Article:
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When You Feel Like a Failure

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When You Feel Like A Failure

Chronic illnesses like Lyme disease can cause a lack of energy and generalized weakness, which can prevent you from accomplishing all the things that you used to be able to do.  Before too long, it can make you feel like a complete failure.

Here are a few practical suggestions to set yourself up for success:

1.    Adjust your expectations so they that they reflect your abilities. Consider that you may have expectations of yourself that others do not. For instance, you may feel that you have to cook a hot meal from scratch every night because your mother did it, but your spouse may not expect that, if things were different in his family as he was growing up. Make things easier on yourself on the days that you don’t fell well by getting take-out or letting the kids make something simple. Cook when you feel well enough to do it, and don’t heap guilt on yourself for not cooking on the nights you just can’t.

2.    Educate your family and friends about your abilities, and especially your pain level. Tell them how you feel in terms that they can understand. Use the 1-10 number system to communicate how much pain you feel. This kind of system works well because it lets them know what to expect from you each day.

3.    Ask for help. There is nothing wrong with the spouse and kids helping with chores, dinner, and laundry! Make a “to-do” list for each person, so responsibilities are more evenly distributed, especially if you work outside the home.

4.    Plan rest into your schedule, including short naps, days off, and recovery time for when you have to push through. Be realistic about your abilities or lack thereof.

5.    Try not to “push through” on a regular basis. This is when you force yourself to keep going despite red flags that you are doing too much. These red flags may come from your own body, your spouse, your friends, or even your kids if they see you over-doing it. Listen to those red flags! Pushing through is sometimes necessary for emergencies and unexpected responsibilities, but doing this on a regular basis will backfire and require more recovery time than normal.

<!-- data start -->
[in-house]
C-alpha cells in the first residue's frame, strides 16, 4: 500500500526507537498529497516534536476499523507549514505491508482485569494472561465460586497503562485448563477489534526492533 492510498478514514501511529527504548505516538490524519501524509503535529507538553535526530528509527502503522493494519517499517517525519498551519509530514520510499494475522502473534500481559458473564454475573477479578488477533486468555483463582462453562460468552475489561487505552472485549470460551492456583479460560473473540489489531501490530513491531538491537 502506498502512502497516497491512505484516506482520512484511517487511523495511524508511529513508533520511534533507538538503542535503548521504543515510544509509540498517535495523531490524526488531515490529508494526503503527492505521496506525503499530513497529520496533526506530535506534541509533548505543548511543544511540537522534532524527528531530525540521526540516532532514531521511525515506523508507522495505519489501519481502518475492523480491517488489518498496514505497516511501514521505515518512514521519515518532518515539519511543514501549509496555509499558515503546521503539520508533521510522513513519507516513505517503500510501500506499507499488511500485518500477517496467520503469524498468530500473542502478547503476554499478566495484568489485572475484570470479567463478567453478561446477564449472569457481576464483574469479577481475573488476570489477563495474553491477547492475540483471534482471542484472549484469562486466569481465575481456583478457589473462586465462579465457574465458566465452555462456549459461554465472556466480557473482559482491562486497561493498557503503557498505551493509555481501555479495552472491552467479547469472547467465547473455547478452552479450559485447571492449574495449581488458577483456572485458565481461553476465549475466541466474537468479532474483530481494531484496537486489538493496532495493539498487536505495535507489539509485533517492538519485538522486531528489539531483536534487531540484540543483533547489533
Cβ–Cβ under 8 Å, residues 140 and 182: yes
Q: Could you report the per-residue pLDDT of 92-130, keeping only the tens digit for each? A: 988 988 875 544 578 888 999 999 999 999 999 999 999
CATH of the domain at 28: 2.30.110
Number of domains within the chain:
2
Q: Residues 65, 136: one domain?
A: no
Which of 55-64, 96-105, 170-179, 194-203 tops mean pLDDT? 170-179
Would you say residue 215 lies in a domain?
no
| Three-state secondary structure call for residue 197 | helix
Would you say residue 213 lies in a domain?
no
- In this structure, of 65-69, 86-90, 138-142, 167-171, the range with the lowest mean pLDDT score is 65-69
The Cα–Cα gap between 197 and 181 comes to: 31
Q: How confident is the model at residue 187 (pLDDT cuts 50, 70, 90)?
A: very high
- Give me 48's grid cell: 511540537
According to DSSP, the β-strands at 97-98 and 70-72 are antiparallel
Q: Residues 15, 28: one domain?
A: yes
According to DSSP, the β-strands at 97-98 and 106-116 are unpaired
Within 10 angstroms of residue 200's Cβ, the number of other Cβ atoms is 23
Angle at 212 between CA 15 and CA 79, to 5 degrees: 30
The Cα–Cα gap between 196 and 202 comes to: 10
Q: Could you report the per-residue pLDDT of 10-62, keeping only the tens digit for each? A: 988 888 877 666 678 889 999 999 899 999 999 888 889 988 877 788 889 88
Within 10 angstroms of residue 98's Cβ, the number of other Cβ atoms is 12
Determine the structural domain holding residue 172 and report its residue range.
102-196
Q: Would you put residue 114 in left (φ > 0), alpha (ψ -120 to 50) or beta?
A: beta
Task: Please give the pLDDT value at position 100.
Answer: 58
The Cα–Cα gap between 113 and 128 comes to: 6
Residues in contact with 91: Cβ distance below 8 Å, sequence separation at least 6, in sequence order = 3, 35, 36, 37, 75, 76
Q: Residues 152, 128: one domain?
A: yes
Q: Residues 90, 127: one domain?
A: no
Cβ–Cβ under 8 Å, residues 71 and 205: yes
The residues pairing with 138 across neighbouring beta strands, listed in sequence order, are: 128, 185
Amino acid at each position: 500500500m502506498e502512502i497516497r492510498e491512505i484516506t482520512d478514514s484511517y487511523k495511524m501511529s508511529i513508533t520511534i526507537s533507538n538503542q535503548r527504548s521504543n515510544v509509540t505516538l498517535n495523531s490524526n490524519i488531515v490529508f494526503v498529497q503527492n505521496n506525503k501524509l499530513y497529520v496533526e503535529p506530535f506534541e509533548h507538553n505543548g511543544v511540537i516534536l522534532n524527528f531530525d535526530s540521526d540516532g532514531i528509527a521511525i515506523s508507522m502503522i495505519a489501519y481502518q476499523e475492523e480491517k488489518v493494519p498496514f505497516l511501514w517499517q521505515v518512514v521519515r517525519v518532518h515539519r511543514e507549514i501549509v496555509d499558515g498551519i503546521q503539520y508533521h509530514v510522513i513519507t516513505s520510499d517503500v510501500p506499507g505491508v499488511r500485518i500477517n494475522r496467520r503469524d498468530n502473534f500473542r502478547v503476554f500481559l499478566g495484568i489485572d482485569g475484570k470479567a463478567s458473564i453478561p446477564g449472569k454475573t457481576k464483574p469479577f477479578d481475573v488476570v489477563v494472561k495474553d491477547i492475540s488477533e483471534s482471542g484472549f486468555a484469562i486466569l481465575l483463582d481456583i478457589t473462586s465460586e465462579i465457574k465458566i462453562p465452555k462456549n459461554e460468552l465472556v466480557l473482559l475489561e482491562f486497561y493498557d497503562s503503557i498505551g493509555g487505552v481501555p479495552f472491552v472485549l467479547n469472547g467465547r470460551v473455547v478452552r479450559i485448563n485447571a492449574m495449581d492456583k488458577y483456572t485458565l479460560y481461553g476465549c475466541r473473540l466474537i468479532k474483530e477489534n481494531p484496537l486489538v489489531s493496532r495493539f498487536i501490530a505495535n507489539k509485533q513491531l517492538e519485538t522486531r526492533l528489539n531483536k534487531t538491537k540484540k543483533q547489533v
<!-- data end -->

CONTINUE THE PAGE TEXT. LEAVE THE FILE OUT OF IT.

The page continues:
6.    Make a “daily tasks” schedule for yourself that is realistic. Only put a couple chores/activities on each day’s schedule. Put a star by the most important task, and a notation for one that can be pushed to the next day if necessary. If you tend to over-schedule yourself, be purposeful about putting fewer activities on the list that you think you can accomplish. Something always comes up to complicate your plans, so plan for mishaps and unexpected things, especially if you have small children. Put naps, days off, and recovery days on the schedule, too. Also, include time for self-care activities, like exercise.

7.    It is amazing how doing just a few small things each day will make you feel more on top of your game. Loading the dishwasher, doing one load of laundry, and making the bed every day will help you feel more “caught up” and productive. Work in 15-minute time increments so that you don’t over-do it and end up more exhausted than when you started. Take 15-minute breaks between these timed tasks (or more if you need it). After several 15-minute task sets are done, with rest periods in between, you will find that you actually have gotten some tasks scratched off your to-do list without feeling terribly bad in the process.